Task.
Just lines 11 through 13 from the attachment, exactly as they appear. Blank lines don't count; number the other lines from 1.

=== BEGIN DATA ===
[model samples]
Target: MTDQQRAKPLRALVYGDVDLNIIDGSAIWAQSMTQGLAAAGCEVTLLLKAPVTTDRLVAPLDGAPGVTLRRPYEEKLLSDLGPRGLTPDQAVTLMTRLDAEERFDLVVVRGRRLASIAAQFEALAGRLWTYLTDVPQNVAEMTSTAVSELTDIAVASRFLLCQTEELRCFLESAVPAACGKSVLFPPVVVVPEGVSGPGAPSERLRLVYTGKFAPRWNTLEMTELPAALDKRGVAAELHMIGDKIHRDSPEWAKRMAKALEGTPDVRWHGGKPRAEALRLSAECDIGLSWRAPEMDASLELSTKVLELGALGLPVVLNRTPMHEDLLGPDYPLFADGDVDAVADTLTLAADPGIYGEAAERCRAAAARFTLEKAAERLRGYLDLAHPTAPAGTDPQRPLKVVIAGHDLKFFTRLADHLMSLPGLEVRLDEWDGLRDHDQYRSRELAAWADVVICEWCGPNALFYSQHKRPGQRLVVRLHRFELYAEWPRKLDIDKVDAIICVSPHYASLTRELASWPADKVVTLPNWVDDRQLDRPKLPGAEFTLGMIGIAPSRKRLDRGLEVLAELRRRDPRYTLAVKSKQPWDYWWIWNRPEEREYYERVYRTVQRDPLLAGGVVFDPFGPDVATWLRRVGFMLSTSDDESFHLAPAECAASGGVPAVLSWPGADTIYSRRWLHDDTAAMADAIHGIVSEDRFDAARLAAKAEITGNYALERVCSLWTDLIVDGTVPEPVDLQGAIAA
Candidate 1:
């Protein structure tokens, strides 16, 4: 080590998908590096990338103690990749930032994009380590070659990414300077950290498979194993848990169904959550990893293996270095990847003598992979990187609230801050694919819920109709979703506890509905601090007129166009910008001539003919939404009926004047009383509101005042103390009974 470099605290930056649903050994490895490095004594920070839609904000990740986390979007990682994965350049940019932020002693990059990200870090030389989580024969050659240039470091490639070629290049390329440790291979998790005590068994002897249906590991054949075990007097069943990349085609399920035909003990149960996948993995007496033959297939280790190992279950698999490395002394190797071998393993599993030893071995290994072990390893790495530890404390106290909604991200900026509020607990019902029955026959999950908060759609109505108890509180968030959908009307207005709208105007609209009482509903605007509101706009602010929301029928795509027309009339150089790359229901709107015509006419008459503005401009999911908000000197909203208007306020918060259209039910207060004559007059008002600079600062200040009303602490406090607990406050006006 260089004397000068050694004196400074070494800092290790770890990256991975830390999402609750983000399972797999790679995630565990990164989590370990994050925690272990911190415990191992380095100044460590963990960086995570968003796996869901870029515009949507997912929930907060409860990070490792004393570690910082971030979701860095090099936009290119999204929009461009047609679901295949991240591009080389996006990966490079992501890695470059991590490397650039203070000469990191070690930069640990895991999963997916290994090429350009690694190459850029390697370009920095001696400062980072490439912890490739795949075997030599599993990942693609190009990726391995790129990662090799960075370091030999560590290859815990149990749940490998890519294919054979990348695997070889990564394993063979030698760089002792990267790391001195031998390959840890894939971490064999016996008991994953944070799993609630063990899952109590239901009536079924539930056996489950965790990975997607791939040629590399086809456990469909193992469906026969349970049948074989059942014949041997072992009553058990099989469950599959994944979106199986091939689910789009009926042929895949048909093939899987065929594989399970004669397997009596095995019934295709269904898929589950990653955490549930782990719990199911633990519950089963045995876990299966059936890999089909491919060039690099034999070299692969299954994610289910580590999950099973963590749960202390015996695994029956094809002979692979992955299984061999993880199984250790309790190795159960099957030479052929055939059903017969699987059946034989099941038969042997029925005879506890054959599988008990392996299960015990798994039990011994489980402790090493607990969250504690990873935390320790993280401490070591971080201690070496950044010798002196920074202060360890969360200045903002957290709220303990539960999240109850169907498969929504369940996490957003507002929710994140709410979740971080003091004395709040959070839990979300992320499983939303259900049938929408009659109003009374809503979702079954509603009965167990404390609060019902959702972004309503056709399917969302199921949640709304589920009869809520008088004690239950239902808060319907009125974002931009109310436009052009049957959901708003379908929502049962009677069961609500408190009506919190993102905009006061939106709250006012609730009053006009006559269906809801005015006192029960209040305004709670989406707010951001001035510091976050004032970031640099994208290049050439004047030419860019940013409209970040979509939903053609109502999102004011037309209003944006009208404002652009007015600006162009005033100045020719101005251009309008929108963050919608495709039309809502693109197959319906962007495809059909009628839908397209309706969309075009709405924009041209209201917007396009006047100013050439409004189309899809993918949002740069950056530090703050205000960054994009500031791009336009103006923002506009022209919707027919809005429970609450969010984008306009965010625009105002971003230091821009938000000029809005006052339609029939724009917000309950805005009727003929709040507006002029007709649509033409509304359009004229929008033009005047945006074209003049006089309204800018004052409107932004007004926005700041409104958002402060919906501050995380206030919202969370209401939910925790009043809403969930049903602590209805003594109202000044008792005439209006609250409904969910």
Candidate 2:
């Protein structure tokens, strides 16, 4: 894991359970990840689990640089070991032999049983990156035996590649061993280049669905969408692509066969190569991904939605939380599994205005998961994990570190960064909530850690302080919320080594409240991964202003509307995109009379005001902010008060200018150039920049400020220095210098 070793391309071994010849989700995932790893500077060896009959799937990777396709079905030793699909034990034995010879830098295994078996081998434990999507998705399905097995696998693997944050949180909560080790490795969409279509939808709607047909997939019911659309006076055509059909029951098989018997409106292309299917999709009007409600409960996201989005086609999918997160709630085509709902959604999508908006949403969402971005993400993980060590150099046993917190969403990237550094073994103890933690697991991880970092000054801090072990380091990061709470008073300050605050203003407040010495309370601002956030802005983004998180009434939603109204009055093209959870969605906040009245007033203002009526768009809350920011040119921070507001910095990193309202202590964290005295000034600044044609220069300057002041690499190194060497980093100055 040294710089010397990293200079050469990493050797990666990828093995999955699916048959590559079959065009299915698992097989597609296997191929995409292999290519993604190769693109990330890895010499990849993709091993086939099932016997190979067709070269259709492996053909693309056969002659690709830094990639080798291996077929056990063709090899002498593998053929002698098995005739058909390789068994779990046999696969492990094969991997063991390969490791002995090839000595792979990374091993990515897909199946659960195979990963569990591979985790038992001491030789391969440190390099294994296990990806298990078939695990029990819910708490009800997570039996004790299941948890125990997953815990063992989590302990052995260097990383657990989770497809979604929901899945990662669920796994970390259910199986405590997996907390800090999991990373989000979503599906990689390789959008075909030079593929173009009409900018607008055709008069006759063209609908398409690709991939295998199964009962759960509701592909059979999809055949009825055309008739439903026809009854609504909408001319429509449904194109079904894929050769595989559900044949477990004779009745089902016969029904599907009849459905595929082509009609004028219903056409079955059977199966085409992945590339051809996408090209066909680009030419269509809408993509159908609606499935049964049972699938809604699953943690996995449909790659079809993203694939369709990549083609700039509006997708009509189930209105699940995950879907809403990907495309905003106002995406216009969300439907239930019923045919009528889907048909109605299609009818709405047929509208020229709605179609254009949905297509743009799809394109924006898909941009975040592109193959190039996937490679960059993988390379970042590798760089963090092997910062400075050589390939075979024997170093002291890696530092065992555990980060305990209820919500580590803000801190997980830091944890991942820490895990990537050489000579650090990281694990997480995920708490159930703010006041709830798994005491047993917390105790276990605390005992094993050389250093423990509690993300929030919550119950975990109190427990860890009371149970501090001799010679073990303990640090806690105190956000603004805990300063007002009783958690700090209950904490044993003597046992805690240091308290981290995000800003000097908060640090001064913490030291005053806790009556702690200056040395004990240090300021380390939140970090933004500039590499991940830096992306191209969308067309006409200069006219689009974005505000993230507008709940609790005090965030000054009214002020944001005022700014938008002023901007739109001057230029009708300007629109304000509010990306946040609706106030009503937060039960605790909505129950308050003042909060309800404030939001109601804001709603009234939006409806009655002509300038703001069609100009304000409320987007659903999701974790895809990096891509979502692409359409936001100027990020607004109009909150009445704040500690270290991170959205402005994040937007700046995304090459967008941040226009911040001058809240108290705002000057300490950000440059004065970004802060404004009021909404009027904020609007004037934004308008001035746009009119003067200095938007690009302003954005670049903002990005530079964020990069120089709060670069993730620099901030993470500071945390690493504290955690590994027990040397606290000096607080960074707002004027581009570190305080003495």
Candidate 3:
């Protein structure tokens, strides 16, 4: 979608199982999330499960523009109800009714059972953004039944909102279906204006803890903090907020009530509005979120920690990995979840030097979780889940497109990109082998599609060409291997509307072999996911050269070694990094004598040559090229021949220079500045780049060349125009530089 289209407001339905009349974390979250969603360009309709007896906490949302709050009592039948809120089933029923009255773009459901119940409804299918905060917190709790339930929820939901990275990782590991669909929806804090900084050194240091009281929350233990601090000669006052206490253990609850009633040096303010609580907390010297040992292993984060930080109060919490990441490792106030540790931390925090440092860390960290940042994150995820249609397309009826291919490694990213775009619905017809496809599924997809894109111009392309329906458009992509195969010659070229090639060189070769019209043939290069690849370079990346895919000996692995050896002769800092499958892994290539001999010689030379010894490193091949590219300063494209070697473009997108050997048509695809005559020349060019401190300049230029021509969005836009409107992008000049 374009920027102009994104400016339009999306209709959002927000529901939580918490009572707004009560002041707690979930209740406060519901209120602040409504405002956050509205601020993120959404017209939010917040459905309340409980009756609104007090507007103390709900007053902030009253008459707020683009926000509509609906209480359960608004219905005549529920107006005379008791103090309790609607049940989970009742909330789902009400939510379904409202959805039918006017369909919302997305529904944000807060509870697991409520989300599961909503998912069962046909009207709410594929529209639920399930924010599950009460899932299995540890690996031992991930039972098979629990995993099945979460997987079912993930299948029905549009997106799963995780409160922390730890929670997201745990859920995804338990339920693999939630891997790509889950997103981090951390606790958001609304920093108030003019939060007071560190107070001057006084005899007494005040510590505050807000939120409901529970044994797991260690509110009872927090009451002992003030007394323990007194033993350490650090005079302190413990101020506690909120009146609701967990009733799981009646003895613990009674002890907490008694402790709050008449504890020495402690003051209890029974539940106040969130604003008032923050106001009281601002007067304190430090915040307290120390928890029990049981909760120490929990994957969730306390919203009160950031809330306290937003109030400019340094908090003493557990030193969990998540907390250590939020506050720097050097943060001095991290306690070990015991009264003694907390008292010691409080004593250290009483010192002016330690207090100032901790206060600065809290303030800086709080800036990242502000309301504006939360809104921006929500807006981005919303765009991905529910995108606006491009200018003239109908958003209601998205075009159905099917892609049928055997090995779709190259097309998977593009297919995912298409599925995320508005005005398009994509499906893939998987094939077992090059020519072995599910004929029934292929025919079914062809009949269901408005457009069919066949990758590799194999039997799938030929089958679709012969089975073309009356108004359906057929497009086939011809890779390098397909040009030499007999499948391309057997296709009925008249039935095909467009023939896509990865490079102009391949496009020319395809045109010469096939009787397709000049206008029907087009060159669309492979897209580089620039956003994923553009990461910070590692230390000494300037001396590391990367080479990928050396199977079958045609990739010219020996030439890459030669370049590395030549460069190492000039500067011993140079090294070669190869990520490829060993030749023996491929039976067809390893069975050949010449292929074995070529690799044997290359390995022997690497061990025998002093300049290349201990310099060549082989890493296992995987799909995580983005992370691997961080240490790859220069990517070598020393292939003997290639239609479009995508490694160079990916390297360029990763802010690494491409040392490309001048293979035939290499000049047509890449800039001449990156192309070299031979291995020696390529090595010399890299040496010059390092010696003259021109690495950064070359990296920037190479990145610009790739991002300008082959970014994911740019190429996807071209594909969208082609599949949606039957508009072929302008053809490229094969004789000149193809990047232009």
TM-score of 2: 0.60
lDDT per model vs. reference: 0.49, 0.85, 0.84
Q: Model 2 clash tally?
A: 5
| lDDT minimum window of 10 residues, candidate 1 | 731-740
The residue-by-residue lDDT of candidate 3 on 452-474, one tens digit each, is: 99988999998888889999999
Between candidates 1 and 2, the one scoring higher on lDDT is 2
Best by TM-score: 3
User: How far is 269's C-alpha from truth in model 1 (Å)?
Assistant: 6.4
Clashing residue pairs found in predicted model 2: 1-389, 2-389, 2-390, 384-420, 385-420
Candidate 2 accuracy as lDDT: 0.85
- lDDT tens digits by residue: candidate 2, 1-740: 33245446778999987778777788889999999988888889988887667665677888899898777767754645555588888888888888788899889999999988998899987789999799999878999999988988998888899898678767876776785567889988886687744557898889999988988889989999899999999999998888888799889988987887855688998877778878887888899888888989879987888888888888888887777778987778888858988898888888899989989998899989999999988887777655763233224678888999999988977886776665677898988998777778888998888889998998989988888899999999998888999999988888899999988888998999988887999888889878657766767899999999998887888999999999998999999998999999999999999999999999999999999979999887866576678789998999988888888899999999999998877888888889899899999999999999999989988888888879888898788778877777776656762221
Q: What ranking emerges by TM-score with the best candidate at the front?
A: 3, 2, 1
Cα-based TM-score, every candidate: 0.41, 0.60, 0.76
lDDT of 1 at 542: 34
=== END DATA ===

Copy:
Q: Model 2 clash tally?
A: 5
| lDDT minimum window of 10 residues, candidate 1 | 731-740